2 Things to Consider for Better Understanding and Improving Your Testing Integration
There are many different organizations and many development approaches, but one common practice is testing. The companies treat testing as a necessary overhead – a cost center that the organization has to tolerate in order to release software, somewhat similar to the way project execution functions view finance departments.
This is not very true – the cost of not having an effective test department is clear to any organization who released a product with one or more major defects; it is an expensive behavior to have. Test teams can help deliver larger values to other areas of the business, and that’s what we will discuss in this article.
Testing is not “the bottom line”
We all know that the testing is referred to as the last step or the final phase of a release. This perception exists, because once testing has been successfully completed, the product can be approved for release. However, this ignores some of the associated functions that occur in most organizations. Since testing may lead to approval and release of the product, there is also a need for one or more of documentation, training and professional services. Testing can improve the effectiveness of each of these elements.
In general, the development of documentation and training material begins with the requirements documentation, and that’s appropriate. That will allow you to identify the areas of change, and potentially allows for the documentation and training frameworks to be developed. However, the requirements alone are not enough to develop detailed materials, for that the system is required.
Having a development environment is a good way to develop the understanding of the system, but it’s not enough to develop reliable end documentation or training products. Co-working with the testing team will get the documentation and the context of the application that is otherwise missing. They will understand what elements of the application are reliable, what aspects are subject to change, what defects have the potential to impact end users, etc.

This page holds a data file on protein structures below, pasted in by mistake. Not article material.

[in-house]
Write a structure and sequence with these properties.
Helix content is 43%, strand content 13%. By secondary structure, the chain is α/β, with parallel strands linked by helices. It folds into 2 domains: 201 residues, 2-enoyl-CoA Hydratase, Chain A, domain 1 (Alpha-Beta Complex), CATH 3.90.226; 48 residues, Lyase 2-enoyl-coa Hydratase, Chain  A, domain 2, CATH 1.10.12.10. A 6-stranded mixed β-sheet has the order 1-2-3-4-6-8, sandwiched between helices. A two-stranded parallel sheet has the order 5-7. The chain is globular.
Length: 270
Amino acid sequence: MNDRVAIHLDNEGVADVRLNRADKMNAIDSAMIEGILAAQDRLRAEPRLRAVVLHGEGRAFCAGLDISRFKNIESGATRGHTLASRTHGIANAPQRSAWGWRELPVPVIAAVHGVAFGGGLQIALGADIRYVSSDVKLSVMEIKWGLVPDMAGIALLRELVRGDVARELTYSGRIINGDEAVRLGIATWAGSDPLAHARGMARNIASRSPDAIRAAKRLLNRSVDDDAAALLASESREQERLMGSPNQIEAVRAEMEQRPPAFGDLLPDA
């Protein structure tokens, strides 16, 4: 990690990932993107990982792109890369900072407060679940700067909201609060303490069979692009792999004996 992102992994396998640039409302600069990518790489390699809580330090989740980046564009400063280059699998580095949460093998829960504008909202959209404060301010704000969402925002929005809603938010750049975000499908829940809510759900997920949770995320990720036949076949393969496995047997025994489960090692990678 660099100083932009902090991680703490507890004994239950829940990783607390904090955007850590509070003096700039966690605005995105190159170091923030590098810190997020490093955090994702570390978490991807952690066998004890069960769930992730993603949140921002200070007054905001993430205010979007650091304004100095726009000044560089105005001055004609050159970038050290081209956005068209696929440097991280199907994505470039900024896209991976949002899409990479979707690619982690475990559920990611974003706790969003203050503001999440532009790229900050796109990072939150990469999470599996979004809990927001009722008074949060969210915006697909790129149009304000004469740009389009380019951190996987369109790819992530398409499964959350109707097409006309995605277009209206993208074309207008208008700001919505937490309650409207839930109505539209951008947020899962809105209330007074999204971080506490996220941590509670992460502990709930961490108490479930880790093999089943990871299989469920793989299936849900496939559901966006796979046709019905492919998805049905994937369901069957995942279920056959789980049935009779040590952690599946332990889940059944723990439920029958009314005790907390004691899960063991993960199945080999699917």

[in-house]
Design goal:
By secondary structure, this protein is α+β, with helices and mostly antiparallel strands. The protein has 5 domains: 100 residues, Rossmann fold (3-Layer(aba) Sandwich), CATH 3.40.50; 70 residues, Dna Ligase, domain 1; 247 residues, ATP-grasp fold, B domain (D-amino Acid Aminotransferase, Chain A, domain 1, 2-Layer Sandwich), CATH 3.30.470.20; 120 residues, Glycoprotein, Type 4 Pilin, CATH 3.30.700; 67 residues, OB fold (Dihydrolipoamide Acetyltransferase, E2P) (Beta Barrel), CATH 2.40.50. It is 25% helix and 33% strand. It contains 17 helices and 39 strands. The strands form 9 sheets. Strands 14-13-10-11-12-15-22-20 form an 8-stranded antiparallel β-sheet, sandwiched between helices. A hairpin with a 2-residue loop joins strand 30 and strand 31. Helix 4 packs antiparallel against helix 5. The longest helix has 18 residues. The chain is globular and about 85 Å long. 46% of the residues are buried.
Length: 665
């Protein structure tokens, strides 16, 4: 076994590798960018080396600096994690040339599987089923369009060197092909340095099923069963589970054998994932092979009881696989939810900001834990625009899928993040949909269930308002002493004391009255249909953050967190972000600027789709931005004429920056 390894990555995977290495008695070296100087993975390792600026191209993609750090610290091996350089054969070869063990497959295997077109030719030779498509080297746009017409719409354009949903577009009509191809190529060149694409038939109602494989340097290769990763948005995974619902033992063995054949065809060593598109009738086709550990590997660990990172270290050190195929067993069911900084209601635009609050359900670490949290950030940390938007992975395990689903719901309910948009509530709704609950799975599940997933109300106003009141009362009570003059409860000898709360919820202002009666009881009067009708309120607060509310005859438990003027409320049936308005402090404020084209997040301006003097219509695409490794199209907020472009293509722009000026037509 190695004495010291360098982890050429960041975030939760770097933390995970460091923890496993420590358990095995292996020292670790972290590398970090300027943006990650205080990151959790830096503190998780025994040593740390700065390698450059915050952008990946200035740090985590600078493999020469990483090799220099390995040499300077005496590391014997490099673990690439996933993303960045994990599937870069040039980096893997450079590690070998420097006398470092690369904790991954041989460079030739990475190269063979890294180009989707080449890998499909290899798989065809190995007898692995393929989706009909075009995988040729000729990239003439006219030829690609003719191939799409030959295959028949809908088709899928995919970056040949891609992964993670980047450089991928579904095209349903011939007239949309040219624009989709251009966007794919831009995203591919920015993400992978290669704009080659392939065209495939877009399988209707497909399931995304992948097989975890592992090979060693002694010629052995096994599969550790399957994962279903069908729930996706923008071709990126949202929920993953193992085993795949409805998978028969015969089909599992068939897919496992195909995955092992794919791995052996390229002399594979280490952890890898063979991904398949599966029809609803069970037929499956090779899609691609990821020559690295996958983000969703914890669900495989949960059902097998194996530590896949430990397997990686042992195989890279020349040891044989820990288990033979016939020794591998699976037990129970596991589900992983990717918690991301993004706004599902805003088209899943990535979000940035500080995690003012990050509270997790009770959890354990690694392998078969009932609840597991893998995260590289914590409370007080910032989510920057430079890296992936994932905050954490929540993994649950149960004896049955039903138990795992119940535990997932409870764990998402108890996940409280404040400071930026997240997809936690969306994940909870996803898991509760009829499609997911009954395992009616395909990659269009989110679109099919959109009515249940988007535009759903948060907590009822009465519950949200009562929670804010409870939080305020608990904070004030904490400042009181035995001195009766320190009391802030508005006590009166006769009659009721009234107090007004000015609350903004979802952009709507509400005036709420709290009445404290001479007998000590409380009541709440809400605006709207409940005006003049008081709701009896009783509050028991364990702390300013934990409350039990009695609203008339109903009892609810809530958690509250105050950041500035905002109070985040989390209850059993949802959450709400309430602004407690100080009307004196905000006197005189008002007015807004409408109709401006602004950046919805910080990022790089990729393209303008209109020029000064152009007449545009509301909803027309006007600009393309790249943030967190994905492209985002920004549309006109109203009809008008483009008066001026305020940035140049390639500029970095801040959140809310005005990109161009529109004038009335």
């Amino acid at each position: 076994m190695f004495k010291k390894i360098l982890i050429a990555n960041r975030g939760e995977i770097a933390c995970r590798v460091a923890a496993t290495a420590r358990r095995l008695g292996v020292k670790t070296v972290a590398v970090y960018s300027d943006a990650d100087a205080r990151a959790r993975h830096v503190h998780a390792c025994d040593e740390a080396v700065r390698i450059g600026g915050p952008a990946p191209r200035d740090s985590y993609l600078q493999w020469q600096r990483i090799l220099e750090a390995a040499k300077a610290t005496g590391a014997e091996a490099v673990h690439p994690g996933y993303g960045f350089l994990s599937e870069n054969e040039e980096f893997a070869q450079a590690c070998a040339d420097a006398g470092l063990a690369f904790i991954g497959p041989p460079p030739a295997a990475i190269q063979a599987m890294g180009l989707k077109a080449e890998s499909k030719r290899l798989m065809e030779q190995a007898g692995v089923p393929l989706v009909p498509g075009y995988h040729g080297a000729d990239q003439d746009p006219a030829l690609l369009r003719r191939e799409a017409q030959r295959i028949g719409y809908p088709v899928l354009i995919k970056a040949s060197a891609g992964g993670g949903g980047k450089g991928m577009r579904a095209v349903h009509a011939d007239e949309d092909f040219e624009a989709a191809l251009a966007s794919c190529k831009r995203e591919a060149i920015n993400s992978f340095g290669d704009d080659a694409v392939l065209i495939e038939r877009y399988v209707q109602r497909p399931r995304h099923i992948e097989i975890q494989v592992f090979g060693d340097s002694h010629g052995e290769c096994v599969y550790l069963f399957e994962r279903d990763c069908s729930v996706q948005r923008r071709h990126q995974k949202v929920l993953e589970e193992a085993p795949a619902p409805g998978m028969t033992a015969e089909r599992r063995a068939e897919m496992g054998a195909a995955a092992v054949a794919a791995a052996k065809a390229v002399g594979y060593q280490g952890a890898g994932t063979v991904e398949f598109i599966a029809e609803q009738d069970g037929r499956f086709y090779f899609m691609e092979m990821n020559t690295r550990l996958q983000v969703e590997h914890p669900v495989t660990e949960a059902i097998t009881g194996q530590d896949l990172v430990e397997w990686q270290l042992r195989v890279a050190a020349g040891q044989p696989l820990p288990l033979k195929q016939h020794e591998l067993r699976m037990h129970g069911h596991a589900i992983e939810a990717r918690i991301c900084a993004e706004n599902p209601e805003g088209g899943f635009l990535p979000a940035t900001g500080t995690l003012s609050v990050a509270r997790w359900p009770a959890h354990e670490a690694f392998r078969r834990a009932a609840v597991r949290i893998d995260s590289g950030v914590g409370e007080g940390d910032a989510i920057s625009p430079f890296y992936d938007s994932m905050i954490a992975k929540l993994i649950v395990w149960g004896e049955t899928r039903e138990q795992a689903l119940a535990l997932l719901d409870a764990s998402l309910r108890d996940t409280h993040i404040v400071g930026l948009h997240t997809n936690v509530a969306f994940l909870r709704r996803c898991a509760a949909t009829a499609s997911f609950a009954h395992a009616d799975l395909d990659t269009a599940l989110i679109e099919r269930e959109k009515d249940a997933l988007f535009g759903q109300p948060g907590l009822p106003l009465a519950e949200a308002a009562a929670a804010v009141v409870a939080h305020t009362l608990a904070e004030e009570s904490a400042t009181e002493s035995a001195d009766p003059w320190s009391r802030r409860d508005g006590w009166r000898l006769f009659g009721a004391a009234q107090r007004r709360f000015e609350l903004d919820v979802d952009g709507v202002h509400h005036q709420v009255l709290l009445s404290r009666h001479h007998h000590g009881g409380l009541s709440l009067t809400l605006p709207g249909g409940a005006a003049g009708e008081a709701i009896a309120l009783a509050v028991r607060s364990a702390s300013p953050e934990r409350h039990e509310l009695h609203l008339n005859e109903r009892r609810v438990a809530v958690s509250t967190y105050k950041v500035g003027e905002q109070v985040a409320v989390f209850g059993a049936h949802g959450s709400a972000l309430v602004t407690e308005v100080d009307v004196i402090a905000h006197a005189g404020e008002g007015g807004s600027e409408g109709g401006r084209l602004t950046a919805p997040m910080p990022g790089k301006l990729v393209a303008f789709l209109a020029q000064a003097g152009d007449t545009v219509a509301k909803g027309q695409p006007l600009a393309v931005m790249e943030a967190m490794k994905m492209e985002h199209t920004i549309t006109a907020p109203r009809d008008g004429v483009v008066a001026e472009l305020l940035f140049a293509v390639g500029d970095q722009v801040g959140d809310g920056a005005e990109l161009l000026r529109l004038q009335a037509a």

For IT services, the situation is rather different. The main concern for IT services teams is not so much the application itself, but rather how the system can be managed and implemented for user needs. The use of requirements documentation can provide high-level concepts, and an understanding of the system architecture will assist in understanding the flexibility of configurations/implementations.
Testing could impact the future
During testing, one of the tasks that has to happen after the release of a project is the update of regression test scripts for the application. When a new version of a product is released, this will be a case of adding scenarios to the existing scripts; if it is a new product, then new scripts should be created to support testing of future releases.
Firstly, based on the ideas explored in the section above, test teams have an understanding of how the application actually works for users of the system. At least some of those conducting testing should have similar skill sets to real users – usually, this is the final step of business acceptance testing, and these individuals will have the most realistic sense of where the solution works well, and where potential problem areas exist.
Testing teams can also provide feedback to development teams on optimizing the development process. Organizations should develop guidelines and best practices around development – how code is annotated, for example. The more technically focused testing resources can provide input into the improvement of those best practices.
A large portion of this work will come out of peer-based code reviews within the development team. But the advantage that testing resources have is that they don’t have the unintentional bias that comes from being part of development. As a result, they can provide a more independent perspective and identify improvement opportunities that might otherwise be missed.
Today, the organizations constantly face increasing expectations to do more with less; thus, they cannot afford to have any function that is self-contained to just one function. Testing specialists will always be needed (and testing is a good example of such specialization), there are always opportunities to leverage that expertise in other areas of the business. Organizations that are unable to take full advantage of such opportunities will leave themselves vulnerable to their competition – and will end up with inefficiencies built into their project execution approach.
Testing is a part of project implementation that is often not fully understood, and as a result organizations as a whole – and perhaps project managers in particular – are unable to identify those opportunities to benefit from the work that testing undertakes. That leaves the function feeling isolated and separated, which not only reduces project effectiveness and efficiency, it has a negative impact on testing motivation and engagement. That, in turn, leads to further losses of effectiveness and efficiency, and that’s the kind of spiral that no organization should afford.